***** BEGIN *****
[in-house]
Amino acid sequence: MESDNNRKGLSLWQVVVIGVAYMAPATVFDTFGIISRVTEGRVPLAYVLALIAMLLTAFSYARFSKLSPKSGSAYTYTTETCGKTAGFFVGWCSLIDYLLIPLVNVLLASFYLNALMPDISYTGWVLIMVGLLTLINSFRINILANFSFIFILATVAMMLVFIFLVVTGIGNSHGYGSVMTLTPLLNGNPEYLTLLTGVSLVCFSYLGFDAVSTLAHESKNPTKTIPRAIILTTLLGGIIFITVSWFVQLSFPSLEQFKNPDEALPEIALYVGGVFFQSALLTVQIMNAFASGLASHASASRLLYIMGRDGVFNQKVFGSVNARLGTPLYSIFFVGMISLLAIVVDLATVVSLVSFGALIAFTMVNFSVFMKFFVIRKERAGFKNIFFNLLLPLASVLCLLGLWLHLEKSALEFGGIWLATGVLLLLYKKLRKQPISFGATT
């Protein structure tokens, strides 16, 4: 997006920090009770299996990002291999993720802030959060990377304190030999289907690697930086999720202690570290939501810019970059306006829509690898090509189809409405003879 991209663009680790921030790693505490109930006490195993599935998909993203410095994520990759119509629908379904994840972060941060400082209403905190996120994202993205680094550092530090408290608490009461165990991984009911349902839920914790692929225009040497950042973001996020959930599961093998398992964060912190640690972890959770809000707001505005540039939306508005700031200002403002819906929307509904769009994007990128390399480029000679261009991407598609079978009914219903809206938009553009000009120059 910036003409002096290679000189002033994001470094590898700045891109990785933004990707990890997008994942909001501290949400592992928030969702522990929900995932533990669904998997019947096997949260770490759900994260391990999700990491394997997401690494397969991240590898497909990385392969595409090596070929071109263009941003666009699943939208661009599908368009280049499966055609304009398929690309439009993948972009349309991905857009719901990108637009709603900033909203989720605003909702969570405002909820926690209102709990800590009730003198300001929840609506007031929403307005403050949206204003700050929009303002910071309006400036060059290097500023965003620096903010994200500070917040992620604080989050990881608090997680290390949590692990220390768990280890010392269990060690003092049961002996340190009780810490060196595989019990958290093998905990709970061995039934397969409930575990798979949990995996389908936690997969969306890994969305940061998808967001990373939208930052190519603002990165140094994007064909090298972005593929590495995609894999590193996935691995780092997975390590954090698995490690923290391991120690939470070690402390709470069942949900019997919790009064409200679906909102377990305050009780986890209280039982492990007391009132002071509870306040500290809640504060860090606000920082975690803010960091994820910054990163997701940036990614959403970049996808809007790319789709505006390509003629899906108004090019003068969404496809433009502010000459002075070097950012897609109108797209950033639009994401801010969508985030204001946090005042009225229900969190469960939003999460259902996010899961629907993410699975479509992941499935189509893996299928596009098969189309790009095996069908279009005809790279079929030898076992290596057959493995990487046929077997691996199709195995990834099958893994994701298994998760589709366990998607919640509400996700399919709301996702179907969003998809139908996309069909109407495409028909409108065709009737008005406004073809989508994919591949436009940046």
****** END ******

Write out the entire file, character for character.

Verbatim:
[in-house]
Amino acid sequence: MESDNNRKGLSLWQVVVIGVAYMAPATVFDTFGIISRVTEGRVPLAYVLALIAMLLTAFSYARFSKLSPKSGSAYTYTTETCGKTAGFFVGWCSLIDYLLIPLVNVLLASFYLNALMPDISYTGWVLIMVGLLTLINSFRINILANFSFIFILATVAMMLVFIFLVVTGIGNSHGYGSVMTLTPLLNGNPEYLTLLTGVSLVCFSYLGFDAVSTLAHESKNPTKTIPRAIILTTLLGGIIFITVSWFVQLSFPSLEQFKNPDEALPEIALYVGGVFFQSALLTVQIMNAFASGLASHASASRLLYIMGRDGVFNQKVFGSVNARLGTPLYSIFFVGMISLLAIVVDLATVVSLVSFGALIAFTMVNFSVFMKFFVIRKERAGFKNIFFNLLLPLASVLCLLGLWLHLEKSALEFGGIWLATGVLLLLYKKLRKQPISFGATT
């Protein structure tokens, strides 16, 4: 997006920090009770299996990002291999993720802030959060990377304190030999289907690697930086999720202690570290939501810019970059306006829509690898090509189809409405003879 991209663009680790921030790693505490109930006490195993599935998909993203410095994520990759119509629908379904994840972060941060400082209403905190996120994202993205680094550092530090408290608490009461165990991984009911349902839920914790692929225009040497950042973001996020959930599961093998398992964060912190640690972890959770809000707001505005540039939306508005700031200002403002819906929307509904769009994007990128390399480029000679261009991407598609079978009914219903809206938009553009000009120059 910036003409002096290679000189002033994001470094590898700045891109990785933004990707990890997008994942909001501290949400592992928030969702522990929900995932533990669904998997019947096997949260770490759900994260391990999700990491394997997401690494397969991240590898497909990385392969595409090596070929071109263009941003666009699943939208661009599908368009280049499966055609304009398929690309439009993948972009349309991905857009719901990108637009709603900033909203989720605003909702969570405002909820926690209102709990800590009730003198300001929840609506007031929403307005403050949206204003700050929009303002910071309006400036060059290097500023965003620096903010994200500070917040992620604080989050990881608090997680290390949590692990220390768990280890010392269990060690003092049961002996340190009780810490060196595989019990958290093998905990709970061995039934397969409930575990798979949990995996389908936690997969969306890994969305940061998808967001990373939208930052190519603002990165140094994007064909090298972005593929590495995609894999590193996935691995780092997975390590954090698995490690923290391991120690939470070690402390709470069942949900019997919790009064409200679906909102377990305050009780986890209280039982492990007391009132002071509870306040500290809640504060860090606000920082975690803010960091994820910054990163997701940036990614959403970049996808809007790319789709505006390509003629899906108004090019003068969404496809433009502010000459002075070097950012897609109108797209950033639009994401801010969508985030204001946090005042009225229900969190469960939003999460259902996010899961629907993410699975479509992941499935189509893996299928596009098969189309790009095996069908279009005809790279079929030898076992290596057959493995990487046929077997691996199709195995990834099958893994994701298994998760589709366990998607919640509400996700399919709301996702179907969003998809139908996309069909109407495409028909409108065709009737008005406004073809989508994919591949436009940046």